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Promoting Your Film on Social Media

Promoting Your Film on Social Media

Raising awareness of your projects over social media doesn’t have to be a chore. Yes, it can be a lot of work, but if you have a clear game plan before you start, everything is going to have a much better chance of falling into place when you need it to. Maximizing the impact that each social media platform provides will make all that hard work of shooting your film mean that much more in the end.


The content you post for social media is both the easiest and hardest thing to develop. It needs to be impactful while coming out on a regular basis without coming out too often to be annoying to your users.

Here you are going to want to create a schedule before you start. The schedule should include when you are going to post content and what sort of content you are going to post. This is also a good time to start building a cache of images like concept art or posters that you can send out at a moment’s notice. You can also use online tools such as HootSuite to pre-schedule posts.

Some examples of good content to publish are casting announcements, the start and end of shooting, and behind the scene photos.

If you have someone else running your social media marketing, make sure that you have clear rules about what can and cannot be posted. There isn’t anything more frustrating than an accidental leak of a major plot twist or even a surprise cameo.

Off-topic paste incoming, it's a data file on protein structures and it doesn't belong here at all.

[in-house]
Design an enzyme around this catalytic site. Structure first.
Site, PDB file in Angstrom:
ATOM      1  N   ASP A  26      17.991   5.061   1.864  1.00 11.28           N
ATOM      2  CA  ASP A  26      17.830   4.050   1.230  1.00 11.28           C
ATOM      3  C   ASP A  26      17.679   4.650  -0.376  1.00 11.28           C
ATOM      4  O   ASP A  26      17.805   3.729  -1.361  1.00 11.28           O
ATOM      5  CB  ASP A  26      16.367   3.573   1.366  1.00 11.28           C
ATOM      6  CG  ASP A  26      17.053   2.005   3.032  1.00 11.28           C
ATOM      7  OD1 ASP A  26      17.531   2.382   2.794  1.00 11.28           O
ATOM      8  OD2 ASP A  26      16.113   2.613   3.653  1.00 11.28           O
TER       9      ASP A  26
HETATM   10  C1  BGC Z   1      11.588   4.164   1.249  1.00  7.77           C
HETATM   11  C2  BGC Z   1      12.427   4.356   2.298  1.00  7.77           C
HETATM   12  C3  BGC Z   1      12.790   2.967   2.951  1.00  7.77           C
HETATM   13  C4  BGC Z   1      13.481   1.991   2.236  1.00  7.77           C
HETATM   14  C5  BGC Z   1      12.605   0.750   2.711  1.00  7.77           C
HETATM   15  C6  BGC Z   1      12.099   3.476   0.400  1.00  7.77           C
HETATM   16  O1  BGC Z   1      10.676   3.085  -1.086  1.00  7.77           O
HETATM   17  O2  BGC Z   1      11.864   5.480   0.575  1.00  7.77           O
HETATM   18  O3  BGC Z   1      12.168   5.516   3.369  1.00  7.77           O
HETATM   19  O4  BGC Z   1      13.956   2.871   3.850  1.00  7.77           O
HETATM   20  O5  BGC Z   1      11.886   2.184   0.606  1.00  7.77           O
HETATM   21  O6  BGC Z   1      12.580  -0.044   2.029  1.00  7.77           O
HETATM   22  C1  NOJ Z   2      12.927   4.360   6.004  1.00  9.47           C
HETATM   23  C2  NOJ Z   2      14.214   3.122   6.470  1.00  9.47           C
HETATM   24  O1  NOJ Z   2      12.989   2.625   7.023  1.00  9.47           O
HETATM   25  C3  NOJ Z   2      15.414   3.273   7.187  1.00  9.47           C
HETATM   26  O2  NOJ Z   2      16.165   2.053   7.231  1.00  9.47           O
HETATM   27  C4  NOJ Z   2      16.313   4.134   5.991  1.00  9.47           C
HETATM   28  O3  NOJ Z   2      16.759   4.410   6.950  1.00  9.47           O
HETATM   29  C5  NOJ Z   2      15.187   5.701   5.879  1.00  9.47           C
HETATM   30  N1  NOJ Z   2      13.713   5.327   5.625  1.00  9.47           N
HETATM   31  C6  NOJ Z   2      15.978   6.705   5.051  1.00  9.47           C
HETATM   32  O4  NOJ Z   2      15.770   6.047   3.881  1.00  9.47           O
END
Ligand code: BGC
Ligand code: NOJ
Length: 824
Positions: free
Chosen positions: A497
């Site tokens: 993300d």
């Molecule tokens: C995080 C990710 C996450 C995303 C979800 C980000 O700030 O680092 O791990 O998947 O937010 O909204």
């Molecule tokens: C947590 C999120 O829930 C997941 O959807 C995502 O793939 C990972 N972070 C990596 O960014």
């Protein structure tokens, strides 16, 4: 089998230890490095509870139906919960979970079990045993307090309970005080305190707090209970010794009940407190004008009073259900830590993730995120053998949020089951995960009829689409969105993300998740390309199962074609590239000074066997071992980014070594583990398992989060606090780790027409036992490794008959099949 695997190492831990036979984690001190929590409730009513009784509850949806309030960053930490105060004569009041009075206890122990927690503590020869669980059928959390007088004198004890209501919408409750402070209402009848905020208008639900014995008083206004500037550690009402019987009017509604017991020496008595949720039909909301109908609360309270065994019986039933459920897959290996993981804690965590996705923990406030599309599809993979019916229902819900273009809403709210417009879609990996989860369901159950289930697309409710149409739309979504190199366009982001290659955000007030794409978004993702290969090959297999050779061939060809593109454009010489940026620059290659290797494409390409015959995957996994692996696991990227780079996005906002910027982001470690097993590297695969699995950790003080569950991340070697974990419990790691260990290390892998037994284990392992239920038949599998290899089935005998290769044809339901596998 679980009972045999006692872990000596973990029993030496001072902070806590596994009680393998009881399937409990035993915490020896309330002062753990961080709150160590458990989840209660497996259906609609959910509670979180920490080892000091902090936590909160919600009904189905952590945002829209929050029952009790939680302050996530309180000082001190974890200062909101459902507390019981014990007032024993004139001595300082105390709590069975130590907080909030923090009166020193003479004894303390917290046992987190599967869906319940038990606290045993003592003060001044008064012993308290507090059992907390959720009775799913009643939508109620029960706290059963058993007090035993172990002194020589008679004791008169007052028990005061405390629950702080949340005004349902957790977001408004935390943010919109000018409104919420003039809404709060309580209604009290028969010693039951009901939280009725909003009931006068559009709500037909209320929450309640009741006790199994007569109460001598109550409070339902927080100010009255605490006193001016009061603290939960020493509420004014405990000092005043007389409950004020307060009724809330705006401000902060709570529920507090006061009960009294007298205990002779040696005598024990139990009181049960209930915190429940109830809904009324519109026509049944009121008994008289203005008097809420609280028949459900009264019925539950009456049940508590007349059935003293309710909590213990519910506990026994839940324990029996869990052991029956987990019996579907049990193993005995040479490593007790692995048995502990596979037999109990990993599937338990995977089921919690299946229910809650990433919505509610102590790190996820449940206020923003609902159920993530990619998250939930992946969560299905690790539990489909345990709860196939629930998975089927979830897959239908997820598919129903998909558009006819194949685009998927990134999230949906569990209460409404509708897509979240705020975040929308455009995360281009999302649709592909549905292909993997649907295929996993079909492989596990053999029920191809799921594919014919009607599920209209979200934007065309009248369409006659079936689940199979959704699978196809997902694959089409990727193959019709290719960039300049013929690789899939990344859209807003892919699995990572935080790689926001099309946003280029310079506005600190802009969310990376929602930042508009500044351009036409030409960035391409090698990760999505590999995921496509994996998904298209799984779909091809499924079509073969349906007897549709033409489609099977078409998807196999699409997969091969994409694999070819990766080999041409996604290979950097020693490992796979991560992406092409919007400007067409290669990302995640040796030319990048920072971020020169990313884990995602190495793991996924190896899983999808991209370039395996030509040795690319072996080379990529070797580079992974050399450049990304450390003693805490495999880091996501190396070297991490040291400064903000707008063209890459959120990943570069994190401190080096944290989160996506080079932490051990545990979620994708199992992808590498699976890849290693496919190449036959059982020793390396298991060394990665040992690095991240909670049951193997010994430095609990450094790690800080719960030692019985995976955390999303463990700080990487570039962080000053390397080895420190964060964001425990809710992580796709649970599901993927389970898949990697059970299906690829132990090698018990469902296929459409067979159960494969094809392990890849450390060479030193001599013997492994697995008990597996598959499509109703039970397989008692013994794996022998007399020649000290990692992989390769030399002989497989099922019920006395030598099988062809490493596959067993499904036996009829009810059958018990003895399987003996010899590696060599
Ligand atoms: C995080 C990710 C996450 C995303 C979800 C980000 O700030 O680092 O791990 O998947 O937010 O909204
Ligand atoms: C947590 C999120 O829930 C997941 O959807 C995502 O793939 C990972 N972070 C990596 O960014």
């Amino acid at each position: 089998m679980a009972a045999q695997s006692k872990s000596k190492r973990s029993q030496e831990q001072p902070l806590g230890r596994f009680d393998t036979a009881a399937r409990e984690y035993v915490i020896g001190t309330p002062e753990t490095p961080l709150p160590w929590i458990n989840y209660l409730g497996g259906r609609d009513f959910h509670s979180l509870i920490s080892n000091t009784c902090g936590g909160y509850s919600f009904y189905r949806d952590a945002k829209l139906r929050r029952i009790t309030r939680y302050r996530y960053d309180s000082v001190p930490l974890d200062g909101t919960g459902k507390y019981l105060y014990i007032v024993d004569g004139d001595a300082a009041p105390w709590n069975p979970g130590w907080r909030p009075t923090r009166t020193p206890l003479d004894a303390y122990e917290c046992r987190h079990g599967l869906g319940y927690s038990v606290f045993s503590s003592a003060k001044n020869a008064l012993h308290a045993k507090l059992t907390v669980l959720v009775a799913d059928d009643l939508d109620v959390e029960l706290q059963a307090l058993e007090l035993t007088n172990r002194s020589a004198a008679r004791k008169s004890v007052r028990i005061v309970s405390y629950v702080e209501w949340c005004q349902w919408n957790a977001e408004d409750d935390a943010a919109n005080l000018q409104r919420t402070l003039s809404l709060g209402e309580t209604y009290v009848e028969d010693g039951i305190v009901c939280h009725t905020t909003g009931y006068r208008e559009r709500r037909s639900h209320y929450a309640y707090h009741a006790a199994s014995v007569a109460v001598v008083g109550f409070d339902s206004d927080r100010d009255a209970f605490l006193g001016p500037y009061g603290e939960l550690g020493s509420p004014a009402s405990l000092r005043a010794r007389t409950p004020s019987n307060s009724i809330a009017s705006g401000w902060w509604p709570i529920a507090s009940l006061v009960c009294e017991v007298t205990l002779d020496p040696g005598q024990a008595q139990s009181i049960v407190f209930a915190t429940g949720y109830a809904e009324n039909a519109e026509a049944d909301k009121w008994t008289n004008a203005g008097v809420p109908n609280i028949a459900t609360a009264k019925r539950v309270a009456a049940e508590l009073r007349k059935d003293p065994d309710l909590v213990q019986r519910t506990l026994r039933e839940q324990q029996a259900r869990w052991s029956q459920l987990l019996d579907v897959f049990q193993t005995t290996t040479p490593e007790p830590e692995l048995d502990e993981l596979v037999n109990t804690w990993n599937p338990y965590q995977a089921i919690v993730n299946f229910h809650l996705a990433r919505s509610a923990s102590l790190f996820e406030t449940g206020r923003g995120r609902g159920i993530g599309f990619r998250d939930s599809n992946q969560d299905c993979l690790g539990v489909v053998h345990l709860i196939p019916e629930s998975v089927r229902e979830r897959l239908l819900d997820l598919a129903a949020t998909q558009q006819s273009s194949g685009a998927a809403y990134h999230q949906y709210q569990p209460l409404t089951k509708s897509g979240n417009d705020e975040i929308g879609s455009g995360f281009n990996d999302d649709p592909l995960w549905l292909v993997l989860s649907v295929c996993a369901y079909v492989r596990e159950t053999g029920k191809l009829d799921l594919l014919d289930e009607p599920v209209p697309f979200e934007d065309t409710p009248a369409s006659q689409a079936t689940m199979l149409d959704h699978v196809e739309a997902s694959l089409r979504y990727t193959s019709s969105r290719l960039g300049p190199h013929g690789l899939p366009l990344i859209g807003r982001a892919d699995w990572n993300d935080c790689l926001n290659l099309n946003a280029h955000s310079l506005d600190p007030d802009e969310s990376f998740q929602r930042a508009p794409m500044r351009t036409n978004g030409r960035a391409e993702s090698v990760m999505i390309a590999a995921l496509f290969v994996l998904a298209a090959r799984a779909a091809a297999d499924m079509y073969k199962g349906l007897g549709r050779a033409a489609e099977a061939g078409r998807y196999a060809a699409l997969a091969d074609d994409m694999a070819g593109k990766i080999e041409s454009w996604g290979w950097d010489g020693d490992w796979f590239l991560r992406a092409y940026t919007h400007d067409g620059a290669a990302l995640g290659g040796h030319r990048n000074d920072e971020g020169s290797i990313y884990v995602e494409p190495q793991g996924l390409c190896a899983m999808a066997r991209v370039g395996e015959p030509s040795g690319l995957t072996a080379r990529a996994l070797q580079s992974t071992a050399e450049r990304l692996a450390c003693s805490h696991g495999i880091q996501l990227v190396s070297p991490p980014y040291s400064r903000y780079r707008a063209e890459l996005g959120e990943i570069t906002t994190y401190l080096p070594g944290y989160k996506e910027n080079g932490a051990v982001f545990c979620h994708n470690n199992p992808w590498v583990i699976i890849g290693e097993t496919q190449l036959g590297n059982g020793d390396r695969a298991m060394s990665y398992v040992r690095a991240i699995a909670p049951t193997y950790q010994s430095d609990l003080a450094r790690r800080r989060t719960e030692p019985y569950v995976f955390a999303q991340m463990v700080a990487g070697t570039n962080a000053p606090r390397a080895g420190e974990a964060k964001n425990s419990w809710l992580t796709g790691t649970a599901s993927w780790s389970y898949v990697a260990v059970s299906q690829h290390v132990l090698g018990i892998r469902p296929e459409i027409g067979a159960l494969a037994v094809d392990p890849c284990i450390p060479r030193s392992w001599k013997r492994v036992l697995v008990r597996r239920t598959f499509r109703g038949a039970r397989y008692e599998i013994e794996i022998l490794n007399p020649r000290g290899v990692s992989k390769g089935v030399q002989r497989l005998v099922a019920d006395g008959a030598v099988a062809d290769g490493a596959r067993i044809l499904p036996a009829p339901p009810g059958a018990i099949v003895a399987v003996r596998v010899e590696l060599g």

There are two major factors to remember when posting to social media, what you are posting and how much.

When deciding what to post, it’s important to remember that your Twitter followers want content with substance in each post otherwise it will begin to look like spam and they will ignore you. Pictures and graphics are going to give you the most bang for your buck in terms of information density and interest to your viewers. These are a good place to show behind the scenes photos or concept art to get people excited about your project.

Maximizing the impact of each type of social media is an important skill to master. For instance, while it might be tempting to use every one of the 144 characters Twitter allows, you should avoid the temptation. If users want to share with other people or add their own thoughts, there won’t be enough room. Instead, aim for between 100-120 characters, enough to get a thought across while still allowing room at the end.

Cross Promotion

Once you have places and content to give to your followers, it’s important to try to get viewers from one medium over to another. Facebook is the best place to have as your “home base” social media platform because it lends itself to longer form updates and supports multiple media formats such as pictures and video. From here you can have links to other platforms such as Twitter, Instagram, Snapchat, etc.

Your other platforms should play to the strengths that they have when cross promoting. Twitter posts can be made more often, so it is not necessary to include all your other platforms in one post. Instagram doesn’t allow links within their post descriptions, but does not have a character limit so instead you can point followers to your profile with the relevant links.

If you have a Indiegogo or Kickstarter campaign, it’s important to add your campaign link to any posts during the fundraising time period. Otherwise you risk not making your goals and will have to look elsewhere for funds.